First of all, many thanks for your time, @ESP_Angus! Your help is greatly appreciated.
On to your suggestions:
ESP_Angus wrote: ↑
Wed May 01, 2019 11:53 pm
Any chance you could install binwalk
and run "binwalk -E flash_readback.bin"? This produces an analysis of the entropy level in the file. You should see close to 1.0 entropy level for all of the encrypted flash after the first 0x1000 bytes, up until the repeating pattern at the end.
Yes, the results are: all 1kb blocks of the bootloader have similar entropy, around 0.97. Just the last one is 0.94. I think it's not the case of an unwarranted write.
With your decision guide it should be case #1.
But it's not absolutely clear:
- the flash (an external Winbond flash chip) is not under harsh conditions, voltage- and temperature-wise.
- the issue is definitely not caused by OTA updates; they are infrequent, and when we do them - the devices don't fail right away. They fail during normal work, long after the update was applied and have reported working;
- the cause of the issue is quite probably hardware instability (as you suggest), which is caused by external noise source. The devices are near an internal combustion engine. Some of them sometimes restart unexpectedly (some have no issues, it's borderline). The restart rate is rare, however; e.g. once per hour of uptime. The thing I'm wondering is how can such a hardware instability corrupt the bootloader in particular; i.e. why the bootloader, why not something else?
We use a custom PCB, the ESP chip is not in a module. The power is through a LDO to 3.3V, it has 1µF+10µF decoupling caps. The input to the LDO is a 18650 battery, and it's kept at 80-100% SoC.
There are two other tell-tale signs that I noticed today:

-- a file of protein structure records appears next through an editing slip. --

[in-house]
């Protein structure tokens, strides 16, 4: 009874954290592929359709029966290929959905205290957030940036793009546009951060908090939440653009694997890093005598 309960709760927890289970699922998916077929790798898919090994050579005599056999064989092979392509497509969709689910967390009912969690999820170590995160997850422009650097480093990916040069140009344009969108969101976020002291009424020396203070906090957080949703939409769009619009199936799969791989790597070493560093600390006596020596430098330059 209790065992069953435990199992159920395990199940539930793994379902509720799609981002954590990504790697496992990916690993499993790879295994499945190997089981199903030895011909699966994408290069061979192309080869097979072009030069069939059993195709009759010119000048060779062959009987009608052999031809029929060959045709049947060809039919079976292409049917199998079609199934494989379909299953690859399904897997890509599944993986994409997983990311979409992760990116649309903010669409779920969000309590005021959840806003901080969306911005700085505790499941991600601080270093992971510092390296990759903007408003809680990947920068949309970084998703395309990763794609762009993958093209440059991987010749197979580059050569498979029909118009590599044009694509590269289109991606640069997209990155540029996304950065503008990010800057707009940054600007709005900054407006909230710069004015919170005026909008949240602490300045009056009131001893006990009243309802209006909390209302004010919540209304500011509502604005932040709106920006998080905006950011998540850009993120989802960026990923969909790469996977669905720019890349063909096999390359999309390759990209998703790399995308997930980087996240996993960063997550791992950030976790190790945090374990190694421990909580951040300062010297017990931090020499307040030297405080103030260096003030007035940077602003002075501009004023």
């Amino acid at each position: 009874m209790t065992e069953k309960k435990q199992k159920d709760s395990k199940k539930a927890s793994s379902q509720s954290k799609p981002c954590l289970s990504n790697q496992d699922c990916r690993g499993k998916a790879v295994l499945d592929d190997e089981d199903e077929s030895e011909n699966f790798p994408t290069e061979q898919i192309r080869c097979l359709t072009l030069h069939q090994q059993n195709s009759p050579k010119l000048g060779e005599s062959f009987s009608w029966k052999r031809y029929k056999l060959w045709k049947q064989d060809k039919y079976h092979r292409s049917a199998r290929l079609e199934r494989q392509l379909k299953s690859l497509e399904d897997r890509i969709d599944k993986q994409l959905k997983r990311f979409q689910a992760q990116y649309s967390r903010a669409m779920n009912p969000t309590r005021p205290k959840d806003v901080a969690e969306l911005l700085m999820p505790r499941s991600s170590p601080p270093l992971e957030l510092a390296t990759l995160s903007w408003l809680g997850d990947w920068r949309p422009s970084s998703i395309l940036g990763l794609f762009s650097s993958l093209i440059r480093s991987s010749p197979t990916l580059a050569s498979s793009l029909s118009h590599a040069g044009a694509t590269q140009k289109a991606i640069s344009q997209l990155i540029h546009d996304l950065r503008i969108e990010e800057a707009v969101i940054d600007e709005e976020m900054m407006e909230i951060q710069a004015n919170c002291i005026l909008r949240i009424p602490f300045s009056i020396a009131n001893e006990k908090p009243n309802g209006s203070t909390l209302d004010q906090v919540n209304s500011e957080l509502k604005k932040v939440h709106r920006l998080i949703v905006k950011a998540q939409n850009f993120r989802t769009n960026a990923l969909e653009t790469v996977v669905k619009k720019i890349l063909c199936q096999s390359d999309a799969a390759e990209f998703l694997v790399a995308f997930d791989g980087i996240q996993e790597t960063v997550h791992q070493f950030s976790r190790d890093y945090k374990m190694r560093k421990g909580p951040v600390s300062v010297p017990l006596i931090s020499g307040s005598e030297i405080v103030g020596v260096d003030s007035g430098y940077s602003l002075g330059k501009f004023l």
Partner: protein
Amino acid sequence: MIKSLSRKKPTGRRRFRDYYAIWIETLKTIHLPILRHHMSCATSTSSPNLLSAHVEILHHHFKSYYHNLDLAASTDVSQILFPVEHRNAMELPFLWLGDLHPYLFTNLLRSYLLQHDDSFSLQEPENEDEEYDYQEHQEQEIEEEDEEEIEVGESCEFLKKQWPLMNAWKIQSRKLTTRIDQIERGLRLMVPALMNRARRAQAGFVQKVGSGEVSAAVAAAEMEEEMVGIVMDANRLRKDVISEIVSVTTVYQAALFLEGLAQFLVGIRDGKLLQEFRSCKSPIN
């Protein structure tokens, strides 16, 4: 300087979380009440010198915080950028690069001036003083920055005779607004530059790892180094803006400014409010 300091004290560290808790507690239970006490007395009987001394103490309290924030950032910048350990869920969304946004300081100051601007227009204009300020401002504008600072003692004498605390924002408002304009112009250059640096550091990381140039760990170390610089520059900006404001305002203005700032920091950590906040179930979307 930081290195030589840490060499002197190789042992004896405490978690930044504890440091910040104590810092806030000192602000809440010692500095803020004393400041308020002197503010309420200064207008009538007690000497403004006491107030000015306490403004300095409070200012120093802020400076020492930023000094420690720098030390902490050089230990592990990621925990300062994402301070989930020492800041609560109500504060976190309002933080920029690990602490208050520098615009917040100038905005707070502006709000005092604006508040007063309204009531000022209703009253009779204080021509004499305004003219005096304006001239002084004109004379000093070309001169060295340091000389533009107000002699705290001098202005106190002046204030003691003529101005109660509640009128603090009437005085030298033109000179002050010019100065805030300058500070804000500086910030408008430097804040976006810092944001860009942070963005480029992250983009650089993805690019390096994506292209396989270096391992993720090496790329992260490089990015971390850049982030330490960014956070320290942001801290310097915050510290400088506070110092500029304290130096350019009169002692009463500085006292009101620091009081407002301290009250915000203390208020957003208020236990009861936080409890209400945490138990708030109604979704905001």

1) It seems that the bootloader corruption is "gradual". I mean the devices aren't awake most of the time, they wake up from deep sleep at periodic intervals and report data back. So the device whose bootloader got corrupted normally outputs e.g. 24 reports per day, but then one day it had just 3 reports, the next day just 1, and the next day 0. Almost as if some bit of the bootloader got weak and varied randomly between 0 and 1 on each boot, gradually assuming the new / flipped value as time progressed. This is a pure speculation, but may also explain the other device which computed different checksum each time... (the 80MHz by itself doesn't explain it to me. The device boots and works on 80 Mhz; 40 MHz is just better than 80 MHz in the noisy environment, but I was seeing this checksum variation in the lab, where it's quiet...)
2) The bootloader sometimes (rarely) decides to load the factory app, not one of the OTAs. I'm wondering why would it select to do that? This happens "in the field", in the noisy environment.
Many thanks for your other comments. As per your suggestions, it wouldn't make sense to disable WiFi's usage of NVS, it's definitely not writing to the flash more than once, and it's not causing the issue.